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Stocks options through employment – how does it work tax wise


Stocks options through employment – how does it work tax wise

Some employers provide their employees with the option to purchase stock options in the company. A question we often get is how does this work tax wise?

Stock options and taxation

In the past the stock option tax calculation was a complex calculation that had to take into account all kind of vesting and exercise moments. In 2001 that changes to a simple system.

The simple system works as follows: The moment that the stocks are being paid out is the moment that the stocks are taxed with wagetax. This is done via the regular income tax brackets, so for 37.10% for the income below EUR 68.508 and for 49.5% for the income above EUR 68.508 (2021 rates).

Employers are audited once in a while by the Dutch tax office. Then sometimes a correction is made on the tax withheld on stock option. As that cannot be charged to the employees anymore, this extra tax is a company costs. To avoid that, nearly all employers simply withhold the maximum tax rate of 49,5% (2021). If that is too much, the employee can claim back the too much part in the income tax return.

Which country can tax the stock options?

The income is taxed in the country where you have obtained the stocks. If you for instance are working and living in the Netherlands and the stocks are from a Dutch employer, then they will be taxed in the Netherlands according to the Dutch tax rules.

If you for instance lived and worked abroad, accumulated the stocks during this time and you receive income from the stocks whilst being a Dutch resident, this would have to be taxed in the country where you worked when you accumulated the stocks.

Stocks options through employment – how does it work tax wise
Stocks options through employment – how does it work tax wise

A mix of foreign tax and Dutch tax over the stock options is possible. A question we receive often is:

Where is for me tax wise the best to be taxed

We understand the question, but you have no choice or influence in the matter. The employer is responsible for collecting the correct tax on the stock options. That implies the employer has gained taxed advice where the options are to be taxed. What is best for you, the employee, is not relevant for the employer. The employer needs to withhold the correct amount of tax.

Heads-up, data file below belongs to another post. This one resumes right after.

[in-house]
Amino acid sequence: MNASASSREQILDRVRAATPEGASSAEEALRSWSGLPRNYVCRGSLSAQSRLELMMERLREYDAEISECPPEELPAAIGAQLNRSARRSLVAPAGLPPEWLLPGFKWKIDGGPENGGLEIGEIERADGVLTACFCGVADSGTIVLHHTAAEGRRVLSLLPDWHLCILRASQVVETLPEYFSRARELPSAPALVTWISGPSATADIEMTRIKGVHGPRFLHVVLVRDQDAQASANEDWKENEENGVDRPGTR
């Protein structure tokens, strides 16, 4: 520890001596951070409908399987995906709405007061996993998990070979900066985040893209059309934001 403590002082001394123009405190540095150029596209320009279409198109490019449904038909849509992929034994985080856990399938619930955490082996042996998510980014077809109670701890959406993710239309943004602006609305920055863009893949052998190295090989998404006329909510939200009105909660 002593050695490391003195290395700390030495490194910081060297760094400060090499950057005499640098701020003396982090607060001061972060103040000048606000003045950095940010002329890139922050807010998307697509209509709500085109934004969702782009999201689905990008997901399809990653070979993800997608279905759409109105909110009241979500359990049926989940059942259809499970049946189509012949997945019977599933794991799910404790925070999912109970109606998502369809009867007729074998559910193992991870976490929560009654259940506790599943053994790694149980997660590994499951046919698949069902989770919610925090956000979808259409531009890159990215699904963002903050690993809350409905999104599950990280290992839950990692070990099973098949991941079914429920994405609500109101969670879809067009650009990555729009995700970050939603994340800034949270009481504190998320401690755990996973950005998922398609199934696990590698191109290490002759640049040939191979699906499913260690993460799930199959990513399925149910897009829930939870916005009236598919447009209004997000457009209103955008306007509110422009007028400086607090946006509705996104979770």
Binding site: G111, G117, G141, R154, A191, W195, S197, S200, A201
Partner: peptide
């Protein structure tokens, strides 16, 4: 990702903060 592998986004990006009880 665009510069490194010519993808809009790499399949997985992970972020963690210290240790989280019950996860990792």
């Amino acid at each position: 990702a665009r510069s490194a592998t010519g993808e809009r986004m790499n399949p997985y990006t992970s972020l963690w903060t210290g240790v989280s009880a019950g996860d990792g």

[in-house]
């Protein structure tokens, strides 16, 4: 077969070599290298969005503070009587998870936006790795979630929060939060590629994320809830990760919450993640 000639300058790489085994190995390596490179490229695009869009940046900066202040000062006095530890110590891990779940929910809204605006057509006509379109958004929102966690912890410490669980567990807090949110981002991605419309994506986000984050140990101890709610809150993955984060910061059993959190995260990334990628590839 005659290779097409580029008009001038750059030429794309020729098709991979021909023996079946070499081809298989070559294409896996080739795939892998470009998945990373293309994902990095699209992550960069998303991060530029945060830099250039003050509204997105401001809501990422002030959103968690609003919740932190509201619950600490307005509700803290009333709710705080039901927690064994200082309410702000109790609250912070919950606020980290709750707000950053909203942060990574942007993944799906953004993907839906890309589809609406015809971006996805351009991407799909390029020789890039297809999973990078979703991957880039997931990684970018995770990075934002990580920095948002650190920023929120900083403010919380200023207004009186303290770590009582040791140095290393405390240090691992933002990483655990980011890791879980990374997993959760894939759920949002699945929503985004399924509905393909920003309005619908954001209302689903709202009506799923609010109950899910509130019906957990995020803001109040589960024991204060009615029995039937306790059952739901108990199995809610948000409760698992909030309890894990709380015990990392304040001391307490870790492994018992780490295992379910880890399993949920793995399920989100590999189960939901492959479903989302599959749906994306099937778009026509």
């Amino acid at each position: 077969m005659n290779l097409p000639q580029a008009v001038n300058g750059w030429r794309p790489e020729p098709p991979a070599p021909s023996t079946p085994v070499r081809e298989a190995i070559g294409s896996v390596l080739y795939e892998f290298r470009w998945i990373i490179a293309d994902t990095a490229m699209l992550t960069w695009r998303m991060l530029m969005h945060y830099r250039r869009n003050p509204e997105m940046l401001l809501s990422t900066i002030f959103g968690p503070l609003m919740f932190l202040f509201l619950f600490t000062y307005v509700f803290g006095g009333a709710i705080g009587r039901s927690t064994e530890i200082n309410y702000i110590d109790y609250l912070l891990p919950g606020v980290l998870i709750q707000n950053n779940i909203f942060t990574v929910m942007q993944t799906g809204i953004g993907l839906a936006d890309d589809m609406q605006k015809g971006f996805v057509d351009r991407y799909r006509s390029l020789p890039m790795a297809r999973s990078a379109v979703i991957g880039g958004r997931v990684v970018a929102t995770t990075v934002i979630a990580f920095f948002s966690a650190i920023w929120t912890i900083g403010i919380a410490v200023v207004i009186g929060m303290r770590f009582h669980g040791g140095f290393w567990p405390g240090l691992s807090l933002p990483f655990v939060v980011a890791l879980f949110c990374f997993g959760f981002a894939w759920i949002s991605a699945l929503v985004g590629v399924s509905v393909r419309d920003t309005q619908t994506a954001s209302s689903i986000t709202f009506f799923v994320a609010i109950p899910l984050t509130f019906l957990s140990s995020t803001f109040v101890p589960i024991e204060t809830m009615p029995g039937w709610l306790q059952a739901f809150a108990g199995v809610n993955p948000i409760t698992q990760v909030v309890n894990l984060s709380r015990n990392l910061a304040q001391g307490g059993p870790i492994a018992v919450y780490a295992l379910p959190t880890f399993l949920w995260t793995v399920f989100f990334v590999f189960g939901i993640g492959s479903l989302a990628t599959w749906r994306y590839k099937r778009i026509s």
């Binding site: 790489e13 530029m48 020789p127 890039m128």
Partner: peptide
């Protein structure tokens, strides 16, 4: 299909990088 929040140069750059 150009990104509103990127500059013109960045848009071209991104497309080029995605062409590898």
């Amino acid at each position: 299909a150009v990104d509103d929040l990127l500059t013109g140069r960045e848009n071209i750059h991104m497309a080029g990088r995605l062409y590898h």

Keeping the shares, not cashing

Some employees decide not to cash the stock options but to keep the shares. This is a bit of a tricky situation.


You exercise your stocks with a value of EUR 900.000. EUR 500.000 you receive as shares and EUR 400.000 will be paid out to you.

The tax rate is 49.5%.

49,5% over EUR 900.000 is EUR 445.500. However, you only cash EUR 400.000, which implies you need to pay the employer EUR 45.500 to settle the tax over the exercise. This could be a problem

Simple plan becomes complex

The above example was in case of a choice not to exercise. But what if you are not permitted to exercise as long as you are employed, or till the company goes to the stock exchange. The situation could result in you needing to exercise due to the stock option rules. This exercise is taxed, but you have no cash.

For the employees who are in the above mentioned situation the Dutch Government has announced a simple plan last month: provide a delay in payment. The first moment the shares can be sold is the moment the employee is obliged to pay the tax over the stock option exercise.

Where does this simple plan become complex: in Parliament. We have 19 political parties of which nearly none have tax experts, but they all want to have a say in the simple proposal.

Exercised stock options but not cashed

If you exercised the stock options and you kept the shares. What happens after the tax was paid over this transaction? If the shares you hold are less than 5% in the company, the shares have become part of your Box 3 assets. That  implies you pay roughly 1.4% tax over the value if you still own the shares on January 1 of a year.

In case you sell the shares and make a capital gain, this gain is not taxed. For private individuals we do not know capital gain tax in the Netherlands.

Tax is exciting

We think tax is exciting. The current simple rules we are very much excited about. We also understand some have timing issues with the exercising moment and moment the shares can be sold. For that new rules are created.

We fear the political influence on the proposals that soon will be send to Parliament. Then again, most politicians are not interested in tax at all, even though it pays all their bills. The new rule could be accepted without any glance taken by the politician. Which is not uncommon with tax regulations.

My name is Kelly Postema and I will be pleased to assist you with your stock options questions.

Stocks options through employment – how does it work tax wise



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